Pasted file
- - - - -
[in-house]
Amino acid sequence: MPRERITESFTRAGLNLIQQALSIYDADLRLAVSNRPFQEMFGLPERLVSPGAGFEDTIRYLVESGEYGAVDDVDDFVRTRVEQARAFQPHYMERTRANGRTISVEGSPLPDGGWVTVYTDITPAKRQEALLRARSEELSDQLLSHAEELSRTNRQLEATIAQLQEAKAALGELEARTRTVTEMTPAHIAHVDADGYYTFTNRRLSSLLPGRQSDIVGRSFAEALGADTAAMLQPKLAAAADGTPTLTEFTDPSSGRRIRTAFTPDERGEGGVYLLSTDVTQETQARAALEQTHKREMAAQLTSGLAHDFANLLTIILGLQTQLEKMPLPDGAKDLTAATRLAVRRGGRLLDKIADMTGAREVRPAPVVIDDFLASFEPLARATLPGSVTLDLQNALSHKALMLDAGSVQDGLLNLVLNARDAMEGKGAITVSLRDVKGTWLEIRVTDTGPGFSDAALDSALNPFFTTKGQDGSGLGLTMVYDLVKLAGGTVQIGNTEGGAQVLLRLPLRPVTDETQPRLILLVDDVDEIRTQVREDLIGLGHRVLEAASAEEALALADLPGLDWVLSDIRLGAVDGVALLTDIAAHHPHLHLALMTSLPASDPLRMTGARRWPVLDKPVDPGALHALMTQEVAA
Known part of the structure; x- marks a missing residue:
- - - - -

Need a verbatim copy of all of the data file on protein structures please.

[in-house]
Amino acid sequence: MPRERITESFTRAGLNLIQQALSIYDADLRLAVSNRPFQEMFGLPERLVSPGAGFEDTIRYLVESGEYGAVDDVDDFVRTRVEQARAFQPHYMERTRANGRTISVEGSPLPDGGWVTVYTDITPAKRQEALLRARSEELSDQLLSHAEELSRTNRQLEATIAQLQEAKAALGELEARTRTVTEMTPAHIAHVDADGYYTFTNRRLSSLLPGRQSDIVGRSFAEALGADTAAMLQPKLAAAADGTPTLTEFTDPSSGRRIRTAFTPDERGEGGVYLLSTDVTQETQARAALEQTHKREMAAQLTSGLAHDFANLLTIILGLQTQLEKMPLPDGAKDLTAATRLAVRRGGRLLDKIADMTGAREVRPAPVVIDDFLASFEPLARATLPGSVTLDLQNALSHKALMLDAGSVQDGLLNLVLNARDAMEGKGAITVSLRDVKGTWLEIRVTDTGPGFSDAALDSALNPFFTTKGQDGSGLGLTMVYDLVKLAGGTVQIGNTEGGAQVLLRLPLRPVTDETQPRLILLVDDVDEIRTQVREDLIGLGHRVLEAASAEEALALADLPGLDWVLSDIRLGAVDGVALLTDIAAHHPHLHLALMTSLPASDPLRMTGARRWPVLDKPVDPGALHALMTQEVAA
Known part of the structure; x- marks a missing residue: